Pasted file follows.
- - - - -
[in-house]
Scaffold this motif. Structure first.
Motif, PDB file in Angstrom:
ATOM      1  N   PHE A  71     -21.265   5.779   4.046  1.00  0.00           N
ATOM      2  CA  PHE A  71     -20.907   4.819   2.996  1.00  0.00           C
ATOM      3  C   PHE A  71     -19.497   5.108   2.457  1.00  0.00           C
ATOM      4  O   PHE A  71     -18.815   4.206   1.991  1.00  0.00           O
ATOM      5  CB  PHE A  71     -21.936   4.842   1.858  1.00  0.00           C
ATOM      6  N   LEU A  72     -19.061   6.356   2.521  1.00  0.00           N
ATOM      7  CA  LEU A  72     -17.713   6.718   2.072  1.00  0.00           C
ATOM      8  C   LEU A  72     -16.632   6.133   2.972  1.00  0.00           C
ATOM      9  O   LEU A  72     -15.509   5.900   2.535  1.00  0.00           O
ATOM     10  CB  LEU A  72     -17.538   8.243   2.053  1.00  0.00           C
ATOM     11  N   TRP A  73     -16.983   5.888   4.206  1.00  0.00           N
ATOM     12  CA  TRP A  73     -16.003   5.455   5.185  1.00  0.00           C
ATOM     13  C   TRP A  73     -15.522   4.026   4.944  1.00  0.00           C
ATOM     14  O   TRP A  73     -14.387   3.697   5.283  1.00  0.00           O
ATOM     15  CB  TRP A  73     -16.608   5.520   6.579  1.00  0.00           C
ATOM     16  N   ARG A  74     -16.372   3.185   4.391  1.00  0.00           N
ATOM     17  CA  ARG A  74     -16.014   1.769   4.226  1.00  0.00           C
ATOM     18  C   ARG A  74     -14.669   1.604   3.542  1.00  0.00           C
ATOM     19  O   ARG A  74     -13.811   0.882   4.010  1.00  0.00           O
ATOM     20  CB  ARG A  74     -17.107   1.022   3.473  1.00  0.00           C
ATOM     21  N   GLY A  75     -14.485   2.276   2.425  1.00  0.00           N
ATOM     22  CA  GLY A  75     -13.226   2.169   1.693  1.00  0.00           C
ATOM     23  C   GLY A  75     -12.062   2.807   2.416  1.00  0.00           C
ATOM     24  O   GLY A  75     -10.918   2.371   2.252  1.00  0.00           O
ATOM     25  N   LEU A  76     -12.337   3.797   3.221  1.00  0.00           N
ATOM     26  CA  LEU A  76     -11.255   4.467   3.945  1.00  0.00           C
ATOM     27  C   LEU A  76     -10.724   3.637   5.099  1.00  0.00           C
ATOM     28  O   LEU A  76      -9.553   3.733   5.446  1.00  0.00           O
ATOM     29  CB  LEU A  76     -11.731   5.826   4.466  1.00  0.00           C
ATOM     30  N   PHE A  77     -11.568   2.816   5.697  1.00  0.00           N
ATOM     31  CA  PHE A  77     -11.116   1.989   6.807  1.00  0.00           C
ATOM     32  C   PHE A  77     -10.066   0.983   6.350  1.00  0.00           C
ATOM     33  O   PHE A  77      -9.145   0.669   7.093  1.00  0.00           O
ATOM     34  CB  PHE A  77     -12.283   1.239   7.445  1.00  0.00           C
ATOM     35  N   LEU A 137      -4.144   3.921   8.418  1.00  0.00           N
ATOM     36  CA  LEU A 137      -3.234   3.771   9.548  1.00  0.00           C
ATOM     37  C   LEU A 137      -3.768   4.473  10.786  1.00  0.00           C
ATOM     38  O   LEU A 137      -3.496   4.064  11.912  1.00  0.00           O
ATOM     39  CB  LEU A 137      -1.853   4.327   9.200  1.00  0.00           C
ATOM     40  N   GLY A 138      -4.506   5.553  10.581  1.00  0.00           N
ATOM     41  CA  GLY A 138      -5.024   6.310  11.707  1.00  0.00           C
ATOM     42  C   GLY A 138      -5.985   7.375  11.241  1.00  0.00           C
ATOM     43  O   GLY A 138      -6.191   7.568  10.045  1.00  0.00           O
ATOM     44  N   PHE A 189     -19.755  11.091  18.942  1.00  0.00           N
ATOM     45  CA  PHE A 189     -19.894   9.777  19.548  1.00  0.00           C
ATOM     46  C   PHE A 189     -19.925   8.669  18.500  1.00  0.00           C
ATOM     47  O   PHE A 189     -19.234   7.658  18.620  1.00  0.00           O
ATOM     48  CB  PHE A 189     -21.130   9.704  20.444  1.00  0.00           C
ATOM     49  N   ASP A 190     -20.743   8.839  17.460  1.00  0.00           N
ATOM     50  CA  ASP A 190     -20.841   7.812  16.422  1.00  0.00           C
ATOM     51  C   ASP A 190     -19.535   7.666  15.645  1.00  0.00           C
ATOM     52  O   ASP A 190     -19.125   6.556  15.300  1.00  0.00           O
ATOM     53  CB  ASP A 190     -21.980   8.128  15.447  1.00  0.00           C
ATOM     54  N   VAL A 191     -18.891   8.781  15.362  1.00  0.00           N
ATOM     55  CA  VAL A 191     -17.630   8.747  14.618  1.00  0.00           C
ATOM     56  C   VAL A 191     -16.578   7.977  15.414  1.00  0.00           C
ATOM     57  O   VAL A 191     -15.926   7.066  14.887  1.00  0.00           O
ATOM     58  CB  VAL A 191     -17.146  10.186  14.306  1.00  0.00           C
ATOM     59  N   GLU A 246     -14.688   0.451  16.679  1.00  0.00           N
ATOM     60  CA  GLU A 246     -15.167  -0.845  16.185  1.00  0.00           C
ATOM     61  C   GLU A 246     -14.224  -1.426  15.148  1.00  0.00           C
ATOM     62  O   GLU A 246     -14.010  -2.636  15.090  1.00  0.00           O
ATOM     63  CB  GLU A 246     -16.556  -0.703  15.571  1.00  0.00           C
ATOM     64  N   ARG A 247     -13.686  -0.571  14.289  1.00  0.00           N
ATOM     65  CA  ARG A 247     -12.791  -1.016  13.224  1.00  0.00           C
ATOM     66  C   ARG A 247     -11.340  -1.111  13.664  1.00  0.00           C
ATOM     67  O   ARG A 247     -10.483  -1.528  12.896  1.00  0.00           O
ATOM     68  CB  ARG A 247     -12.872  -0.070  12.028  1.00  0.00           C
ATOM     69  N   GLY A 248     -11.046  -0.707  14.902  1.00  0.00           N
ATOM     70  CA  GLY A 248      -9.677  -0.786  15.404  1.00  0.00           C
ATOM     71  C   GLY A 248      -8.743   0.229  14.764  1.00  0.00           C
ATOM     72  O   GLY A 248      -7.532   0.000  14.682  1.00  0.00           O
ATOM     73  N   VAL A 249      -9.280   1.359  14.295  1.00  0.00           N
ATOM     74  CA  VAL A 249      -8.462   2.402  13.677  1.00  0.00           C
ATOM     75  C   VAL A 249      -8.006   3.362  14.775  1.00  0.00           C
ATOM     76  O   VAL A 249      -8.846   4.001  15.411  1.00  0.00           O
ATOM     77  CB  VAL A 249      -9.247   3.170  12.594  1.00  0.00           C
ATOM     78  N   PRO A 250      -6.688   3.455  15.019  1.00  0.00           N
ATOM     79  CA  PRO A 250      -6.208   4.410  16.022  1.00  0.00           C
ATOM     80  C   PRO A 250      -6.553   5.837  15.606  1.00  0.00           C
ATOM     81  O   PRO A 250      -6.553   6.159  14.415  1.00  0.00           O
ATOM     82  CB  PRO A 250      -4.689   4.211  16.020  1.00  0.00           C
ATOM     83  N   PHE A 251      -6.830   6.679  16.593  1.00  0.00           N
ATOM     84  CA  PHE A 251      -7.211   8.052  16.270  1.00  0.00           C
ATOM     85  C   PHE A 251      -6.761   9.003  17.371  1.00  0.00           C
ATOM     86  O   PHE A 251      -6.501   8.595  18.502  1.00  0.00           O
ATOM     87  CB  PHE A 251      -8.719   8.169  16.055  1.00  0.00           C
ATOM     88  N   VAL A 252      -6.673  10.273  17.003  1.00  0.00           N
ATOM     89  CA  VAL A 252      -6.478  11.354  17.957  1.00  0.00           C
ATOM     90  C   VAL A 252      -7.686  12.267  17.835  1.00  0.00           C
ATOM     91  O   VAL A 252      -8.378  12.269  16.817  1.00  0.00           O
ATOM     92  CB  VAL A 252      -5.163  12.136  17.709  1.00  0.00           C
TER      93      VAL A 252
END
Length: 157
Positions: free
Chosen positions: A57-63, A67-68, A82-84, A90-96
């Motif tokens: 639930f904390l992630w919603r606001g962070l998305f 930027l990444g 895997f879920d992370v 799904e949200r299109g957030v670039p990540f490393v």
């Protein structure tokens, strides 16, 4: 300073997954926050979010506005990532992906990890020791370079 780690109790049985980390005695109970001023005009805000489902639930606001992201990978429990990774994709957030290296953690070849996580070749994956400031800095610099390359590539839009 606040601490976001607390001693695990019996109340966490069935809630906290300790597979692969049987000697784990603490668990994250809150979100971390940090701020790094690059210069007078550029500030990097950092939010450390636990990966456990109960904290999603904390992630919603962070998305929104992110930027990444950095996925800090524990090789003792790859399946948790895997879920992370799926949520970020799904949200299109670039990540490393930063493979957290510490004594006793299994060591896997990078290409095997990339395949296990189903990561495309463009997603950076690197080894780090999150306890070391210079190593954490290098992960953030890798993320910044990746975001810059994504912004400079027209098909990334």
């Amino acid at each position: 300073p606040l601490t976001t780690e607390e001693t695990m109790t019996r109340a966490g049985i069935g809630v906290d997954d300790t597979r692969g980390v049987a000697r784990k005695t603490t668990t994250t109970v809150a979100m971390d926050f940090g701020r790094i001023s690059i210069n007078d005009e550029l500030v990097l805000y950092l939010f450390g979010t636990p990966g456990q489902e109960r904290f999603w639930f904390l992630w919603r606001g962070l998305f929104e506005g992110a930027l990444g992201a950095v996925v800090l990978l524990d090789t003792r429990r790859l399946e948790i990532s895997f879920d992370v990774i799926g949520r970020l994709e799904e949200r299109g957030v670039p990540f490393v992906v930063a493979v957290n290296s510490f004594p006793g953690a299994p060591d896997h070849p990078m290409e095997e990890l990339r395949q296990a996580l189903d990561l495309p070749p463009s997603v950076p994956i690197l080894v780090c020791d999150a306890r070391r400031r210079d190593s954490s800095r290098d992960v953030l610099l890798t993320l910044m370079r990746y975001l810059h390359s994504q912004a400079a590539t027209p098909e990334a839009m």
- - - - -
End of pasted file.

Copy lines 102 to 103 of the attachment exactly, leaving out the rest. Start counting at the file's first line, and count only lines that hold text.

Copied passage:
């Protein structure tokens, strides 16, 4: 300073997954926050979010506005990532992906990890020791370079 780690109790049985980390005695109970001023005009805000489902639930606001992201990978429990990774994709957030290296953690070849996580070749994956400031800095610099390359590539839009 606040601490976001607390001693695990019996109340966490069935809630906290300790597979692969049987000697784990603490668990994250809150979100971390940090701020790094690059210069007078550029500030990097950092939010450390636990990966456990109960904290999603904390992630919603962070998305929104992110930027990444950095996925800090524990090789003792790859399946948790895997879920992370799926949520970020799904949200299109670039990540490393930063493979957290510490004594006793299994060591896997990078290409095997990339395949296990189903990561495309463009997603950076690197080894780090999150306890070391210079190593954490290098992960953030890798993320910044990746975001810059994504912004400079027209098909990334």
């Amino acid at each position: 300073p606040l601490t976001t780690e607390e001693t695990m109790t019996r109340a966490g049985i069935g809630v906290d997954d300790t597979r692969g980390v049987a000697r784990k005695t603490t668990t994250t109970v809150a979100m971390d926050f940090g701020r790094i001023s690059i210069n007078d005009e550029l500030v990097l805000y950092l939010f450390g979010t636990p990966g456990q489902e109960r904290f999603w639930f904390l992630w919603r606001g962070l998305f929104e506005g992110a930027l990444g992201a950095v996925v800090l990978l524990d090789t003792r429990r790859l399946e948790i990532s895997f879920d992370v990774i799926g949520r970020l994709e799904e949200r299109g957030v670039p990540f490393v992906v930063a493979v957290n290296s510490f004594p006793g953690a299994p060591d896997h070849p990078m290409e095997e990890l990339r395949q296990a996580l189903d990561l495309p070749p463009s997603v950076p994956i690197l080894v780090c020791d999150a306890r070391r400031r210079d190593s954490s800095r290098d992960v953030l610099l890798t993320l910044m370079r990746y975001l810059h390359s994504q912004a400079a590539t027209p098909e990334a839009m």